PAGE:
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N.W.A. Reunion Stalled

Ice Cube says scheduling conflicts have delayed album

November 26, 2001 12:00 AM ET

It's been well over a year since Dr. Dre first announced that a reunited N.W.A., with Snoop Dogg subbing for the late Eazy-E, had begun work on their first album in ten years, Not These Niggaz Again. Four members of the reformed gangsta squad -- Dre, Snoop, Ice Cue and MC Ren -- shared a bill on last summer's Up in Smoke Tour, where they sketched beats and rhymes in a mobile recording studio. Last July, Dre said that the group's lone absentee, DJ Yella, had signed on and that pending some legal issues with Priority Records -- such as who owns the act's name -- the project was a go.

Since then, though, there hasn't been a peep from the reassembled, attitudinal rappers. Interscope Records, Dre's home and the likely home of the reunion album, says Not These Niggaz Again isn't on their release schedule, which would make sense since, according to Ice Cube, nothing's been formally recorded.

"It's easier said than done," Cube says of the reunion. "We're up against two things: We don't have a lot of time, and we have to do a great record. That doesn't compute. There are a lot of expectations with that record, and if we don't have time to meet those expectations, it's better not to do it than to go in and half-ass it. We made a lot of progress on the Up in Smoke Tour, gellin' back together and understanding how we've grown, but you know, I'm doin' a movie here, they're doin' their movies. It's really on Dre. If he ain't puttin' the tracks together, I really ain't down to rap on nobody else's tracks. He's the quarterback."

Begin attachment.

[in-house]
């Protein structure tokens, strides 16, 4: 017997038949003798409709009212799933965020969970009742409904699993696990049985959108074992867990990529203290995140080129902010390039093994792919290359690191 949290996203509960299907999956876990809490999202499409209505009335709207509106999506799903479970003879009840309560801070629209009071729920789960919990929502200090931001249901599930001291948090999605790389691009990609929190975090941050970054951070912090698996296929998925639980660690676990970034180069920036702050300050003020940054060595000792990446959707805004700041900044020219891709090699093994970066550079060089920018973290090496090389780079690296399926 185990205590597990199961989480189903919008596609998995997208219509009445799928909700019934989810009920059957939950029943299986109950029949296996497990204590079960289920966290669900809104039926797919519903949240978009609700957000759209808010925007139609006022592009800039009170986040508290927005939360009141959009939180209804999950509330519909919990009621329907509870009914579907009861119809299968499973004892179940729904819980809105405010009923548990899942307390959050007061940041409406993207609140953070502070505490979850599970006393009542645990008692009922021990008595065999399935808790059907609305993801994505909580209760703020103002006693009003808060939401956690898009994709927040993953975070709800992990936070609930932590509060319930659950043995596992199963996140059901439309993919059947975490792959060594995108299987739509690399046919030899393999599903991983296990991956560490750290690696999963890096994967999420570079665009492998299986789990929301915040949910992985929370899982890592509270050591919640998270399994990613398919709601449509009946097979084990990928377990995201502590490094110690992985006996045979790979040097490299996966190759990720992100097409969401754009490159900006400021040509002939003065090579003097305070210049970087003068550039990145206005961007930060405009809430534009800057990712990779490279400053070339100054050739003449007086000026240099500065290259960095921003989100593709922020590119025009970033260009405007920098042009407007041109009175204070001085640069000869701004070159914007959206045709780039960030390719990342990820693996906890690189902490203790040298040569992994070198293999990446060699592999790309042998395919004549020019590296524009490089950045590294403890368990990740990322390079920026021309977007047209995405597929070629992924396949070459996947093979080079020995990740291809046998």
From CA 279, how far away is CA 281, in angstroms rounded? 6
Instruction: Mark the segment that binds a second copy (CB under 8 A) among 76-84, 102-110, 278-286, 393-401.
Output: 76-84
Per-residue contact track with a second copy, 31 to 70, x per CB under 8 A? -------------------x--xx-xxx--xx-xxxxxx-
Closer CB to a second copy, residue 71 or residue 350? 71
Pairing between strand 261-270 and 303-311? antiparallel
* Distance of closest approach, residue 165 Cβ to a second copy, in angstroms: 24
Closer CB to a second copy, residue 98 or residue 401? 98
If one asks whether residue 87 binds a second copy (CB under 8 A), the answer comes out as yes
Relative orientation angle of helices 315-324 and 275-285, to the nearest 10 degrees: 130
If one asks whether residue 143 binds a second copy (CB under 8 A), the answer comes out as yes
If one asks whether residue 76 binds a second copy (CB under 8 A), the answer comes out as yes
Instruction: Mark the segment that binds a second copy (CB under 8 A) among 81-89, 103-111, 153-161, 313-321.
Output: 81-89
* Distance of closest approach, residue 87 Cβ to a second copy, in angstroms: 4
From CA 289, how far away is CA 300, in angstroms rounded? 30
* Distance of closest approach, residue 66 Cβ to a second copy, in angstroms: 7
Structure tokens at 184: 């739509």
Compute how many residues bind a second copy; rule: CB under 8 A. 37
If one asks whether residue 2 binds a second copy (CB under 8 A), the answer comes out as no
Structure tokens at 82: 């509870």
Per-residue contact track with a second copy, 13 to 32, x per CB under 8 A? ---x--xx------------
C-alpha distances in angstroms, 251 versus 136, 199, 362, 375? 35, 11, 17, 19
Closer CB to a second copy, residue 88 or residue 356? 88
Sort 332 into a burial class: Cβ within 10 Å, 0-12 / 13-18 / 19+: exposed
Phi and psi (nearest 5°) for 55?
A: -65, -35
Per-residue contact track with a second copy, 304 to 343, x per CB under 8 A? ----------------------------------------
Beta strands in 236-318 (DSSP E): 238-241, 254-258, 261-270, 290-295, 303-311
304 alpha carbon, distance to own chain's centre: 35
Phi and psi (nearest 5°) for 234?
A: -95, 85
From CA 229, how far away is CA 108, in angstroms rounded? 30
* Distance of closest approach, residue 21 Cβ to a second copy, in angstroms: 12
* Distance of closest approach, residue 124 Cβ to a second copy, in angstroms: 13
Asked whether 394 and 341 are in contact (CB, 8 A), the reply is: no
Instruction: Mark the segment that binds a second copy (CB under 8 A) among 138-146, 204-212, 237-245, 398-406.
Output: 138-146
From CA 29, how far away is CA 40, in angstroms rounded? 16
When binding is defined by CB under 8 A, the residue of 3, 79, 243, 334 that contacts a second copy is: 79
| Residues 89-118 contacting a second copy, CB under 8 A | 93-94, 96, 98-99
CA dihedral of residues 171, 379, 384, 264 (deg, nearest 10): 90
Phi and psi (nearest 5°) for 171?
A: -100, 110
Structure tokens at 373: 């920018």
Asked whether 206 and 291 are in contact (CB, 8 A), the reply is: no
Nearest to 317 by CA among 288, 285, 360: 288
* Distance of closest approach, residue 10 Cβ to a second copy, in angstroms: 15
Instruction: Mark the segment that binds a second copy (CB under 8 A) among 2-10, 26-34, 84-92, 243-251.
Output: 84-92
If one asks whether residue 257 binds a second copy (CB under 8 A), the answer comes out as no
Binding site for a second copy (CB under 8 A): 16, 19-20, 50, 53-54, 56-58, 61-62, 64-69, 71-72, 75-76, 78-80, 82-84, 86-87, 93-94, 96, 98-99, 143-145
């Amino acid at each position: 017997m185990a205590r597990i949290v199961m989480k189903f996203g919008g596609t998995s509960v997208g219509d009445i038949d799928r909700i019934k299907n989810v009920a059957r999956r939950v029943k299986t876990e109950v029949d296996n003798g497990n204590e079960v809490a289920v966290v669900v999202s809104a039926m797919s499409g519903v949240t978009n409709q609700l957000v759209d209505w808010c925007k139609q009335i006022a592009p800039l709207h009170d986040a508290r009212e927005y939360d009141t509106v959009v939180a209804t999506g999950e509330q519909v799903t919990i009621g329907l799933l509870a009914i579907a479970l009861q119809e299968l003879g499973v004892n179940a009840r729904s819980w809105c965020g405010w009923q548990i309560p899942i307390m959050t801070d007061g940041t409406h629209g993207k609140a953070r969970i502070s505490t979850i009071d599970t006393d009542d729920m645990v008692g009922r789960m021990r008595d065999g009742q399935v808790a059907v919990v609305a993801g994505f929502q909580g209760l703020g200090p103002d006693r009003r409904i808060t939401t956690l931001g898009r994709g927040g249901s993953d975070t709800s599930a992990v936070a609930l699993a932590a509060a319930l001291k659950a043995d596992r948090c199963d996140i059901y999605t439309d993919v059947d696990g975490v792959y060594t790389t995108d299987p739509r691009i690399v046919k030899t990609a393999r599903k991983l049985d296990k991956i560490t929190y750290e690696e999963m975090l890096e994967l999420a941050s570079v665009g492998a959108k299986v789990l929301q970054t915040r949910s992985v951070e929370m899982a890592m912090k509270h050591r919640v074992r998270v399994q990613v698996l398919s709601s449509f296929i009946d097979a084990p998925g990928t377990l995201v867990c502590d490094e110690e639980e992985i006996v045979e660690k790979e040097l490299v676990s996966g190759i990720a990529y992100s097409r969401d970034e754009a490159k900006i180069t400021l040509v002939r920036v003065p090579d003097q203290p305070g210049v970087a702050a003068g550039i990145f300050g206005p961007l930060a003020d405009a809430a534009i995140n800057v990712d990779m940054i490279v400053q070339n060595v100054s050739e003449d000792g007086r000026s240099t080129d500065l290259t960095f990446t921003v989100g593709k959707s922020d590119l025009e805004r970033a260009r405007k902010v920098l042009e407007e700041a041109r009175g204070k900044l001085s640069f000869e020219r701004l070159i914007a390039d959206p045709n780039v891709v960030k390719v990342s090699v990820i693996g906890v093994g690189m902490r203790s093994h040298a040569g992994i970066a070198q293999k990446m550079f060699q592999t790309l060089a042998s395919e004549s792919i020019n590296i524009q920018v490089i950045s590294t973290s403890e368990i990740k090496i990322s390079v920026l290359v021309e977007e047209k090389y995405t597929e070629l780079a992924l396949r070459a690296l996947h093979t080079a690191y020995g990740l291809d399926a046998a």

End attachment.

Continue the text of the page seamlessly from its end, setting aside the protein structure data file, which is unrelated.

Movies do abound. Ice Cube has one feature, Friday After Next, in production and two others -- Barbershop and The Big Ticket -- on his docket, so it may be some time before he gets around to droppin' any fresh rhymes, be it for N.W.A. or a new solo album. Until he puts down those scripts and picks up a mike, Cube fans will have to make due with the rapper's forthcoming Greatest Hits album.

Due December 4th, the seventeen-song set culls from Cube's post-N.W.A. discography, including tracks from his eight solo albums ("Check Yo Self, "It Was A Good Day," etc.), his work with side project the Westside ("Bow Down") and choice soundtrack cuts ("We Be Clubbin'"). Also included are two new joints Cube cooked up expressly for the collection, one produced by the Neptunes ("In the Late Night Hour"), and the other by Rockwilder ("$100 Bill Y'all").

"I would like to come out with a Volume Two," Ice Cube says, already looking ahead. "I didn't get everything that I wanted to put on there. So I'm already planning for another one."

When Cube finally does get around to making a new album, he'll have to find himself a new home. Greatest Hits fulfills his contractual obligations to longtime label Priority, and he's happily a free agent. "It's time to sign with one of the big boys," Cube says. "I've outgrown what [Priority] is able to do for me. I need to get with somebody who can sell records on the worldwide level."

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